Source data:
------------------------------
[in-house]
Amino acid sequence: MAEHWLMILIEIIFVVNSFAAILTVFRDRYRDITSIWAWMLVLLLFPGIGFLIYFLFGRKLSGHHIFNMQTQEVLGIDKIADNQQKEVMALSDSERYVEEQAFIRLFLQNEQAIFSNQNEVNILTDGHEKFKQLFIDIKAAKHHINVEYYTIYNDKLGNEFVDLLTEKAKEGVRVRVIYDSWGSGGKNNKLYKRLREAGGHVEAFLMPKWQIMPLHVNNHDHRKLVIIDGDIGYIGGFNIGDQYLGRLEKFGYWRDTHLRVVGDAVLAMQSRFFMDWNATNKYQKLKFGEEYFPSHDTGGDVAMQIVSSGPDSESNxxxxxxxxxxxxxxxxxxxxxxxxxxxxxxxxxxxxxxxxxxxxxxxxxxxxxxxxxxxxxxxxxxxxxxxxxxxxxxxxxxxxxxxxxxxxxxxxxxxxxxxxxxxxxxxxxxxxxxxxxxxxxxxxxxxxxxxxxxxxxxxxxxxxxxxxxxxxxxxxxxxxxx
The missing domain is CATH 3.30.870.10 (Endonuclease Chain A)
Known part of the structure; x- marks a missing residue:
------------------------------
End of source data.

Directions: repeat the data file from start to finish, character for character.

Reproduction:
[in-house]
Amino acid sequence: MAEHWLMILIEIIFVVNSFAAILTVFRDRYRDITSIWAWMLVLLLFPGIGFLIYFLFGRKLSGHHIFNMQTQEVLGIDKIADNQQKEVMALSDSERYVEEQAFIRLFLQNEQAIFSNQNEVNILTDGHEKFKQLFIDIKAAKHHINVEYYTIYNDKLGNEFVDLLTEKAKEGVRVRVIYDSWGSGGKNNKLYKRLREAGGHVEAFLMPKWQIMPLHVNNHDHRKLVIIDGDIGYIGGFNIGDQYLGRLEKFGYWRDTHLRVVGDAVLAMQSRFFMDWNATNKYQKLKFGEEYFPSHDTGGDVAMQIVSSGPDSESNxxxxxxxxxxxxxxxxxxxxxxxxxxxxxxxxxxxxxxxxxxxxxxxxxxxxxxxxxxxxxxxxxxxxxxxxxxxxxxxxxxxxxxxxxxxxxxxxxxxxxxxxxxxxxxxxxxxxxxxxxxxxxxxxxxxxxxxxxxxxxxxxxxxxxxxxxxxxxxxxxxxxxx
The missing domain is CATH 3.30.870.10 (Endonuclease Chain A)
Known part of the structure; x- marks a missing residue: